1. Expert Q&A: Benefits - Weds 23 October, 3-4pm

    Our next expert Q&A will be on the topic of benefits. It will be hosted by Lauren from our Knowledge Services team. She'll be answering your questions on Wednesday 23 October between 3-4pm.

    You can either post your question >here< or email them to us at talkingpoint@alzheimers.org.uk and we'll be happy to ask them on your behalf.

Being overweight reduces dementia risk.

Discussion in 'Dementia-related news and campaigns' started by nitram, Apr 10, 2015.

  1. nitram

    nitram Registered User

    Apr 6, 2011
    19,035
    Male
    North Manchester
  2. Ladybird23

    Ladybird23 Registered User

    Feb 28, 2014
    130
    Oh goody! I can eat that MCd's burger!!! :D
     
  3. LYN T

    LYN T Registered User

    Aug 30, 2012
    6,968
    Brixham Devon
    Ha! So all those previous reports about keeping your weight under control to avoid Dementia were wrong?:(:confused: Bring on the chocolate:)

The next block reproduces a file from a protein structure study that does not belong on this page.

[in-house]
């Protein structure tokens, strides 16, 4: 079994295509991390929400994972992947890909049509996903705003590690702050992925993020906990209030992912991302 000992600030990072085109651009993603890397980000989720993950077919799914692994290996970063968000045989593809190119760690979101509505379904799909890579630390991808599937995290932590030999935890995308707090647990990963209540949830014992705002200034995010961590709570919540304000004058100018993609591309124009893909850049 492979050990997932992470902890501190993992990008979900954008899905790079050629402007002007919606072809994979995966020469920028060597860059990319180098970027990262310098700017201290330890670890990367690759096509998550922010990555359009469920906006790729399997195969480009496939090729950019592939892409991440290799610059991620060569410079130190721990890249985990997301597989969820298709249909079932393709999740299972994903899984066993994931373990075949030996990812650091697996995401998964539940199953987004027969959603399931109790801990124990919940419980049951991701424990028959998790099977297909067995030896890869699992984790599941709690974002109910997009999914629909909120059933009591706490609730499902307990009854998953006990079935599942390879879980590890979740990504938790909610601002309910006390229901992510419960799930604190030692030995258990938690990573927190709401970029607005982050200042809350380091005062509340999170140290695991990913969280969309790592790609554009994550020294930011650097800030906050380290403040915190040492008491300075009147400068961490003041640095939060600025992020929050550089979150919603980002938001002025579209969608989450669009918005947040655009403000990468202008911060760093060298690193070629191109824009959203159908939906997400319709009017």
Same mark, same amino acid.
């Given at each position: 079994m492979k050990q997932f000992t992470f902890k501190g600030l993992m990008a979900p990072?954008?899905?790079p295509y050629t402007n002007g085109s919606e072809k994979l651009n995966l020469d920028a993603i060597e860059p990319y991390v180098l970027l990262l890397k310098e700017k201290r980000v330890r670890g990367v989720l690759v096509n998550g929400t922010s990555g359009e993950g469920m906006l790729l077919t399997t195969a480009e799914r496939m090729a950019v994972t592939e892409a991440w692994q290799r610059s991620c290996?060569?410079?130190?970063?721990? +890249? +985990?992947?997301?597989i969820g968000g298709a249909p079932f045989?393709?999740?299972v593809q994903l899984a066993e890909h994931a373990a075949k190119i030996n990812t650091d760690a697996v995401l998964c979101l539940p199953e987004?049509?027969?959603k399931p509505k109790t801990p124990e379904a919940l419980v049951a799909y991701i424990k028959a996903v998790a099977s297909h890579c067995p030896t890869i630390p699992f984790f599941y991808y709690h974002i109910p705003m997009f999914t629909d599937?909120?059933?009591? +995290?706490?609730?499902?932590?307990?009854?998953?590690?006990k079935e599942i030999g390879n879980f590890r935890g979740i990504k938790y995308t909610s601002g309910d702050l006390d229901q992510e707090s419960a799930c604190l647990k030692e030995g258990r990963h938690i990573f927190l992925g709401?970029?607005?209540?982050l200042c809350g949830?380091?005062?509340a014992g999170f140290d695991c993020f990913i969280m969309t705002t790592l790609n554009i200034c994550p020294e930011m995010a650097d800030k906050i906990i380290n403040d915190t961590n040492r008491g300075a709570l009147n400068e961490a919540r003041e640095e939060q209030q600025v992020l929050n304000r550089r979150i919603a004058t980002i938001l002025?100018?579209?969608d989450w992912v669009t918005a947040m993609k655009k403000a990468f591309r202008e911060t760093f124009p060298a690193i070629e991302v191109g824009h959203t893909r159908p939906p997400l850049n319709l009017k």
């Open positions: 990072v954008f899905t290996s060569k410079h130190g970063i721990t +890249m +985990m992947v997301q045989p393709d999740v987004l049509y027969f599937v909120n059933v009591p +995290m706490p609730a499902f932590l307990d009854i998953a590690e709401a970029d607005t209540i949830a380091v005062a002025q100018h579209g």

4. BR_ANA

    BR_ANA Registered User

    Jun 27, 2012
    1,084
    Brazil
    Great news. I won't need help to eat all Easter chocolate.
     
  5. clareglen

    clareglen Registered User

    Jul 9, 2013
    325
    Cumbria
    I knew this really. My mum has always been underweight & now on end of life care. All the other ladies with dementia in her room are skin & bone too.
     
  6. Oxy

    Oxy Registered User

    Jul 19, 2014
    957
    Quite incensed at this new announcement on news this morning. What about vascular dementia which is caused by clogging of arteries. Whilst being fully aware that weight does not always have a bearing on the state of arteries, atherosclerosis is predominantly present to a greater extent in obese folk. I felt what a sweeping statement that will not help prevent cardiovascular disease which precedes vascular dementia.
     
  7. Rageddy Anne

    Rageddy Anne Registered User

    Feb 21, 2013
    5,990
    Cotswolds
    Now will NICE allow doctors to prescribe chocolate ?
     
  8. Dustycat

    Dustycat Registered User

    Jul 14, 2014
    220
    North East